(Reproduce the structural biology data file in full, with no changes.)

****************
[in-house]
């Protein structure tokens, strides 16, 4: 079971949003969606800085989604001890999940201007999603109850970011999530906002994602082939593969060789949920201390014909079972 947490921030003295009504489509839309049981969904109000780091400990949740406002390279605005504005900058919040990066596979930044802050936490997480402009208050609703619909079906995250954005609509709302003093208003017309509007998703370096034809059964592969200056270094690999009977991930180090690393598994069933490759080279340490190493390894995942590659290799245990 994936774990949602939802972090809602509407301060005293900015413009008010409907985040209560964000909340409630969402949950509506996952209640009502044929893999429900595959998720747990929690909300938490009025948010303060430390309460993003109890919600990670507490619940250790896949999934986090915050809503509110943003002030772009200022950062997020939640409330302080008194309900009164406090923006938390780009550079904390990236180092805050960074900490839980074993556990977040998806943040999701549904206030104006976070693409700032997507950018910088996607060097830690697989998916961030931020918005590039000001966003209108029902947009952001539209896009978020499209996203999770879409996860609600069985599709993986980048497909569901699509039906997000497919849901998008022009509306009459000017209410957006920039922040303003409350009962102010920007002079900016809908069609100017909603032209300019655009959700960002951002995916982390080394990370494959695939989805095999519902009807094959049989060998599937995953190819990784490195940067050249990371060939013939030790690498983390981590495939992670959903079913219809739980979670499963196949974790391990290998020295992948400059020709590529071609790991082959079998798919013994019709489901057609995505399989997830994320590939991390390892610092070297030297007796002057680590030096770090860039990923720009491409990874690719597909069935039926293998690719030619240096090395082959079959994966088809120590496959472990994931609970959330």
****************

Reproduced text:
[in-house]
């Protein structure tokens, strides 16, 4: 079971949003969606800085989604001890999940201007999603109850970011999530906002994602082939593969060789949920201390014909079972 947490921030003295009504489509839309049981969904109000780091400990949740406002390279605005504005900058919040990066596979930044802050936490997480402009208050609703619909079906995250954005609509709302003093208003017309509007998703370096034809059964592969200056270094690999009977991930180090690393598994069933490759080279340490190493390894995942590659290799245990 994936774990949602939802972090809602509407301060005293900015413009008010409907985040209560964000909340409630969402949950509506996952209640009502044929893999429900595959998720747990929690909300938490009025948010303060430390309460993003109890919600990670507490619940250790896949999934986090915050809503509110943003002030772009200022950062997020939640409330302080008194309900009164406090923006938390780009550079904390990236180092805050960074900490839980074993556990977040998806943040999701549904206030104006976070693409700032997507950018910088996607060097830690697989998916961030931020918005590039000001966003209108029902947009952001539209896009978020499209996203999770879409996860609600069985599709993986980048497909569901699509039906997000497919849901998008022009509306009459000017209410957006920039922040303003409350009962102010920007002079900016809908069609100017909603032209300019655009959700960002951002995916982390080394990370494959695939989805095999519902009807094959049989060998599937995953190819990784490195940067050249990371060939013939030790690498983390981590495939992670959903079913219809739980979670499963196949974790391990290998020295992948400059020709590529071609790991082959079998798919013994019709489901057609995505399989997830994320590939991390390892610092070297030297007796002057680590030096770090860039990923720009491409990874690719597909069935039926293998690719030619240096090395082959079959994966088809120590496959472990994931609970959330």